For more information:
Dirk Walther, Project Director
+91 11 4949 5353
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Supporting Indian states and cities take effective measures to reduce pollution by managing solid waste and wastewater.
According to census data, India’s population increased by 400% between 1911 and 2011, reaching 1.2 billion. In 1911, 10% of Indians lived in urban areas; in 2011, the figure was 31%. UN projections estimate that by 2031, 600 million Indians, 39% of the total, will live in towns and cities.
Municipalities, charged with delivering basic public services to residents, are aiming at a moving target. Critical infrastructure, whether roads, schools, toilets or energy networks, cannot keep pace with the rapid, often unplanned expansion of towns and cities. Sanitation is one of their biggest challenges: providing access to fresh water and collecting and treating wastewater. Only one in ten towns have a sewerage network. Most wastewater flows untreated into surface and groundwater, polluting precious reserves and spreading disease. Solid waste also pollutes water supplies.
In 2008, India’s Ministry for Urban Development launched the National Urban Sanitation Policy (NUSP), a comprehensive policy framework for
improving municipal sanitation systems. In 2014 the Government launched the high-profile Swachh Bharat (Clean India) Mission, followed by the Atal Mission for Rejuvenation and Urban Transformation (AMRUT) and ‘Smart Cities’.
State and city governments share the commitment to improving urban infrastructure, but lack of experience, expertise and manpower hinders them from turning a shared aim into tangible results. Support to National Urban Sanitation Policy II (SNUSP II) follows on from its predecessor SNUSP I and works with the states of Andhra Pradesh, Kerala, Maharashtra, Telangana and Uttarakhand to improve the sanitation situation of the states and cities.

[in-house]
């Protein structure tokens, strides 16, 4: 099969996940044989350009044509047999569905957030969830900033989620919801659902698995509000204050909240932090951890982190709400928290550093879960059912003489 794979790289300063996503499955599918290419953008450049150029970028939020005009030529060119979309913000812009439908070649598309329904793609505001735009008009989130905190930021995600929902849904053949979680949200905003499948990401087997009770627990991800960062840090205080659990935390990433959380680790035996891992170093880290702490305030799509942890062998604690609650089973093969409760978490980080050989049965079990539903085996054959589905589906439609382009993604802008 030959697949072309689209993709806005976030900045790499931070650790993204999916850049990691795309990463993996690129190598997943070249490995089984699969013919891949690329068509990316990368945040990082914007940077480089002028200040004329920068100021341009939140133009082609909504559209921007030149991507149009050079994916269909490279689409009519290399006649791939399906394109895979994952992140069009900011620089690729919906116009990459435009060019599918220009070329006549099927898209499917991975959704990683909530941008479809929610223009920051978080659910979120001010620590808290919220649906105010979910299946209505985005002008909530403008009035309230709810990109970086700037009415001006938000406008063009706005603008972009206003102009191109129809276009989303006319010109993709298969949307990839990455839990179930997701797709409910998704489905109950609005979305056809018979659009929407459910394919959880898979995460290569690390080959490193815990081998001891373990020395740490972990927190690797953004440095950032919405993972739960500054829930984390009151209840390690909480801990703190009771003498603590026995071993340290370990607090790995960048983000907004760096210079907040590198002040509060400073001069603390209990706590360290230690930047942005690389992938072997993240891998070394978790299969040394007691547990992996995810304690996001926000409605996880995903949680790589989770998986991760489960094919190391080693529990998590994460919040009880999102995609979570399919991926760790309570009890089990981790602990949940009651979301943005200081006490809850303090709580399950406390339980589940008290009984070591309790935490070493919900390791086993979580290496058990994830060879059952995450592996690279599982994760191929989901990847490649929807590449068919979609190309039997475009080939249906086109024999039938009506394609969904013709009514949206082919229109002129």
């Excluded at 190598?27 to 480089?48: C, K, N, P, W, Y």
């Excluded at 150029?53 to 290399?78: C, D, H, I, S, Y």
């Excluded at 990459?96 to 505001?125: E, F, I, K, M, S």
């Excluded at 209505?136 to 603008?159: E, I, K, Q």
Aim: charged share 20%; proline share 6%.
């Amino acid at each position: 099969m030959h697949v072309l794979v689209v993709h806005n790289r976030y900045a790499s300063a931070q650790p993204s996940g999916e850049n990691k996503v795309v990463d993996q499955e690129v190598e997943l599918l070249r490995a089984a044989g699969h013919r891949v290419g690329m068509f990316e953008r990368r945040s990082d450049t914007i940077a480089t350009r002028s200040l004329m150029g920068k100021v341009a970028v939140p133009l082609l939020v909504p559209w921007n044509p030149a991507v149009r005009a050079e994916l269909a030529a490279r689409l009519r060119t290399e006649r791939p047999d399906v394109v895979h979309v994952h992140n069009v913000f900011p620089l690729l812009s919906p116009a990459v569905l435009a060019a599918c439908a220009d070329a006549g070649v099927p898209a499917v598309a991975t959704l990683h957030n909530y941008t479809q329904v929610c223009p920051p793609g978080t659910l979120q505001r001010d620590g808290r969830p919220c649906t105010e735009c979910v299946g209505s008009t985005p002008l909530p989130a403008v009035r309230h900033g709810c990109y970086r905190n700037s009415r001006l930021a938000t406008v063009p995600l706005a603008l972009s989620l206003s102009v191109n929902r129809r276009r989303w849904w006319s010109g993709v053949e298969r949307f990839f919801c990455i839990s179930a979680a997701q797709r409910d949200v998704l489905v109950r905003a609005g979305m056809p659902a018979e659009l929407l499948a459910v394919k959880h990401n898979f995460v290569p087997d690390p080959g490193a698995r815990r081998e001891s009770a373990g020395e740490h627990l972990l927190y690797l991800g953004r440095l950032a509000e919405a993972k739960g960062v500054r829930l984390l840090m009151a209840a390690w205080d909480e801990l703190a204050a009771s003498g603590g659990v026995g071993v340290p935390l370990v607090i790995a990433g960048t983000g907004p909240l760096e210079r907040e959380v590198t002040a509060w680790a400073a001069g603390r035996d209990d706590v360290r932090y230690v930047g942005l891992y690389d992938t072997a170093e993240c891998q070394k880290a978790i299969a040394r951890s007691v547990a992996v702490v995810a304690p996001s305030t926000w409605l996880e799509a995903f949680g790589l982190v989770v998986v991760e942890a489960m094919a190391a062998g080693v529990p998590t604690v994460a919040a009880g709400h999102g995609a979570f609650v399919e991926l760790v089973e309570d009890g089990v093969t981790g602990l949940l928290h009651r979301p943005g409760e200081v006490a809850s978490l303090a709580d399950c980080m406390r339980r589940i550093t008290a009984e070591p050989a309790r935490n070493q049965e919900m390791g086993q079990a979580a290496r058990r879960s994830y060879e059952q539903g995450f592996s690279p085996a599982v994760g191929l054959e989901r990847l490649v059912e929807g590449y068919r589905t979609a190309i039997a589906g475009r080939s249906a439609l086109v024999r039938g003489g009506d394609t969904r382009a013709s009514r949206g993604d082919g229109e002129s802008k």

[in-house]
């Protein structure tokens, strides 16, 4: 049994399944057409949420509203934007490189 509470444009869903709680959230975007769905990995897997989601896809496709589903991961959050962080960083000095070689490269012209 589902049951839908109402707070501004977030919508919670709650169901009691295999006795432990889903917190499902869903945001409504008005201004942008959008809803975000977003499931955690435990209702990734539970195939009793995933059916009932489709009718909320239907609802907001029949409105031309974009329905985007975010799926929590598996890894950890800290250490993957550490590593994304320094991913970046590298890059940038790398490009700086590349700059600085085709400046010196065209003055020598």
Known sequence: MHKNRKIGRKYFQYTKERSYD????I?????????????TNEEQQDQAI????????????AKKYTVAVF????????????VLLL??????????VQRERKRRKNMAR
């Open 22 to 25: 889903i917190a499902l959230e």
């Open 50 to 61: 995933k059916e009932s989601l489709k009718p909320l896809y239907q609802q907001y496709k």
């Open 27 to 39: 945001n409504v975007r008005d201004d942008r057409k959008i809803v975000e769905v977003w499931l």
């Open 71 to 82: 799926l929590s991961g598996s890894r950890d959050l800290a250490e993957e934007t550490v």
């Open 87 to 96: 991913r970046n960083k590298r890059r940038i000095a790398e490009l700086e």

SNUSP II offers the Ministry of Urban Development a range of technical solutions that proved effective in the first phase of the project, including gender-sensitive public toilets and systems to manage faecal sludge, solid waste and wastewater. The learnings from SNUSP I have been taken forward and scaled up in the second phase.
The project provides technical support to mid-sized municipalities so they can develop solid waste and wastewater management strategies,
standards and guidelines, and implement appropriate evidence-based solutions for improved sanitation. SNUSP II is also working with city and state authorities to introduce participatory processes in planning and implementing municipal sanitation and solid waste strategies. When residents can have their say on decisions affecting them, they ‘own’ rules that they helped define and infrastructure they agreed was needed. This greatly improves compliance and respect for public property in the long term.
Ultimately, project support to citywide sanitation and waste management plans is expected to improve sanitation in Indian cities and reduce environmental and water pollution, contributing to the Indian government’s vision of a ‘Swachh Bharat’.